A US Supreme Court decision declared that Teresa Sheehan cannot sue police for shooting her, in circumstances where the police “had sufficient reason to believe that their conduct was justified.” However, the question as to whether the City of San Francisco can still be held liable for the police’s actions and for not accommodating Sheehan’s mental illness under the Americans with Disabilities Act remains open, reported SFGate.
The story was previously reported on by Mad in America.
According to SFGate, Justice Scalia in particular criticized the City’s lawyers for what he called “bait-and-switch tactics” — the City got the case pushed all the way to the Supreme Court by asserting that they would argue that the Americans with Disabilities Act (ADA) doesn’t apply when police are facing armed and dangerous suspects, but then never actually raised that issue during the Supreme Court hearings.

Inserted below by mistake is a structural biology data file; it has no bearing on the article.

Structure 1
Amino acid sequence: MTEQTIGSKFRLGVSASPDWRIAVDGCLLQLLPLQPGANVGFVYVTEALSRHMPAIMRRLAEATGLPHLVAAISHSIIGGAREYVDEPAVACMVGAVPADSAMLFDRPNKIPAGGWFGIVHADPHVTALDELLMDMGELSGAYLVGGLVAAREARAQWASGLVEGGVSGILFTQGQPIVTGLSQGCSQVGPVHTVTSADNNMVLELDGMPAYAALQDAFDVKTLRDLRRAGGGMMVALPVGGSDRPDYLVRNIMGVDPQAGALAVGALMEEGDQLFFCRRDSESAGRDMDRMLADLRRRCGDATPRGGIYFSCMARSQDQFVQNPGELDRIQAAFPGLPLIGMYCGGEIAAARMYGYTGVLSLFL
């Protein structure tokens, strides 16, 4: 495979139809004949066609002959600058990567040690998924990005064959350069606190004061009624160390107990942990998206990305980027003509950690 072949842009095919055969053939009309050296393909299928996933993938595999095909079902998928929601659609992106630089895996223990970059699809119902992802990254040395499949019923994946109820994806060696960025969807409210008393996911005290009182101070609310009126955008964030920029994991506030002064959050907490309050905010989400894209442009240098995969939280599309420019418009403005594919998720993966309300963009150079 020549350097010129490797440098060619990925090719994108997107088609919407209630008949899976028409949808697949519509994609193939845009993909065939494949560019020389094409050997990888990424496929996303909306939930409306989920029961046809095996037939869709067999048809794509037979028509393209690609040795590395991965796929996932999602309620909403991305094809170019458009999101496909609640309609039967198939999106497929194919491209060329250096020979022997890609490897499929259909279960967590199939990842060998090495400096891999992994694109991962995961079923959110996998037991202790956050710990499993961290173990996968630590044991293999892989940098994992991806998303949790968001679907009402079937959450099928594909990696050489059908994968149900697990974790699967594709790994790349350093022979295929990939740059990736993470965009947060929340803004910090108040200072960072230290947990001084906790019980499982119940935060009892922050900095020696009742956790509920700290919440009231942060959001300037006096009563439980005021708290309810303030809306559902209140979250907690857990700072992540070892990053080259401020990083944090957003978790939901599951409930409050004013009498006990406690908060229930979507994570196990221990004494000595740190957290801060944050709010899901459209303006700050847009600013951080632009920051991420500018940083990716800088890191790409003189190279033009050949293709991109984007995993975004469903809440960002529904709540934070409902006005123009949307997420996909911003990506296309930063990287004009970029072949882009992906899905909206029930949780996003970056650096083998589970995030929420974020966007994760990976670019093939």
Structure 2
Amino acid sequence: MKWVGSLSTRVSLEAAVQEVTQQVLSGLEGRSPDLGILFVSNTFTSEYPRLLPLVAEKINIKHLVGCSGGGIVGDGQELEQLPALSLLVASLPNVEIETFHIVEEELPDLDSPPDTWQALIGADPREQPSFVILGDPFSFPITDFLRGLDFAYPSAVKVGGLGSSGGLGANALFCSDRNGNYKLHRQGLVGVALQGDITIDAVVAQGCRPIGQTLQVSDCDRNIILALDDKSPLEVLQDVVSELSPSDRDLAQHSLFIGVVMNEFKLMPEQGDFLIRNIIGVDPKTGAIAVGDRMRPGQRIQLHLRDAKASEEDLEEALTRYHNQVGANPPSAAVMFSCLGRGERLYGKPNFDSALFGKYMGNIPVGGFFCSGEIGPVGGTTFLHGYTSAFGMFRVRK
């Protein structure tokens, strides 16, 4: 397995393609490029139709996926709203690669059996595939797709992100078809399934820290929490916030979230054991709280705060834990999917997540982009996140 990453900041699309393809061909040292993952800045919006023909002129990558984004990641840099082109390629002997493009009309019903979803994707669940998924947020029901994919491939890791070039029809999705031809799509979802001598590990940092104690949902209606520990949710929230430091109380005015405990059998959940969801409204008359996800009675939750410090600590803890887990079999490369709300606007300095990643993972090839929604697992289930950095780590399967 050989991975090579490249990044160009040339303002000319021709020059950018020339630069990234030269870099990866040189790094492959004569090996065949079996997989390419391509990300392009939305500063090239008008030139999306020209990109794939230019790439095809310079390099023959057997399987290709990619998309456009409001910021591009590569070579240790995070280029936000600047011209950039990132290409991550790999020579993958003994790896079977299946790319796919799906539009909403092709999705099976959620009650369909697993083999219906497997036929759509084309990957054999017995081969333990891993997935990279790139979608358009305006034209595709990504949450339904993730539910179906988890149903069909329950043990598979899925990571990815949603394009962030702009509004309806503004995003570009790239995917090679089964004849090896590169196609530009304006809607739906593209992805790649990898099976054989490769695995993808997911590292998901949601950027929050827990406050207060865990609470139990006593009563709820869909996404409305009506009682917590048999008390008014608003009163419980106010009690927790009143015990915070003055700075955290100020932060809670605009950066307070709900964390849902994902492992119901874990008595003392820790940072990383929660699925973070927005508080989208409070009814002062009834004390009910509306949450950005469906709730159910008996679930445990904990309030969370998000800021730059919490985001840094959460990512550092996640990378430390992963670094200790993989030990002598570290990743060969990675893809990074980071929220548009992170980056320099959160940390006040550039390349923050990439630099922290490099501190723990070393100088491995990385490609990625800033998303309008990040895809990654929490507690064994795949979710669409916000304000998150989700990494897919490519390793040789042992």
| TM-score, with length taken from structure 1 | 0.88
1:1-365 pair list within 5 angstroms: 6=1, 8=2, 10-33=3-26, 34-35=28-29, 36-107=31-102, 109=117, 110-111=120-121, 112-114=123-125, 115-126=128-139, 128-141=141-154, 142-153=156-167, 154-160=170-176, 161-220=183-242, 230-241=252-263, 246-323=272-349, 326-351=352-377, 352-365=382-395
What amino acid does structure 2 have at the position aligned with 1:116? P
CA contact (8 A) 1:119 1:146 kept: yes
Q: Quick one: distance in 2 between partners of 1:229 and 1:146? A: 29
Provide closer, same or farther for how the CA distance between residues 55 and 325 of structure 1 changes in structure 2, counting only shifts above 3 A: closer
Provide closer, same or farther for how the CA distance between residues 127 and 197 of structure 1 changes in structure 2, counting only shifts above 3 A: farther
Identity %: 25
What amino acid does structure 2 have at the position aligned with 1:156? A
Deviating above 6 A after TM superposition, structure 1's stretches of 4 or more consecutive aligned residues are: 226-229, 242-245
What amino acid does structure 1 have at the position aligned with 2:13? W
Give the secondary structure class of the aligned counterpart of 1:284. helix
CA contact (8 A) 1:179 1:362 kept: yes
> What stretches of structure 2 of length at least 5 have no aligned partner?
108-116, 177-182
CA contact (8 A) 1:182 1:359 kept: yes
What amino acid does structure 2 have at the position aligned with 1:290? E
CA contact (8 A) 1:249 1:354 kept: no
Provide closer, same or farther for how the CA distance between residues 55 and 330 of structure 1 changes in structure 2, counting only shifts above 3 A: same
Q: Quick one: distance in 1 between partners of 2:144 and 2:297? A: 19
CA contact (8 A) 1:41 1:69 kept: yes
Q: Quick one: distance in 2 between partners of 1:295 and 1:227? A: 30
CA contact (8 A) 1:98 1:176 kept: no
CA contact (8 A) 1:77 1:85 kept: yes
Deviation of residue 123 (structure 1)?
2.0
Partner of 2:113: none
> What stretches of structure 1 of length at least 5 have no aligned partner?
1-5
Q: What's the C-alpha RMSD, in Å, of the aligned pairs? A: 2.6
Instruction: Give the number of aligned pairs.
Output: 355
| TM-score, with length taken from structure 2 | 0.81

“Ben Nisenbaum, an attorney for Sheehan, said his client can ‘finally get her full day in court’ and sue the city under the disability act,” reported SFGate. Another attorney for Sheehan said, “I’m not surprised that the majority opinion granted qualified immunity to the officers. I do think that the issue still remains as to whether the city can itself be liable for violating the ADA.”
S.F. police immune from suit over shooting of mentally ill woman (SFGate, May 18, 2015)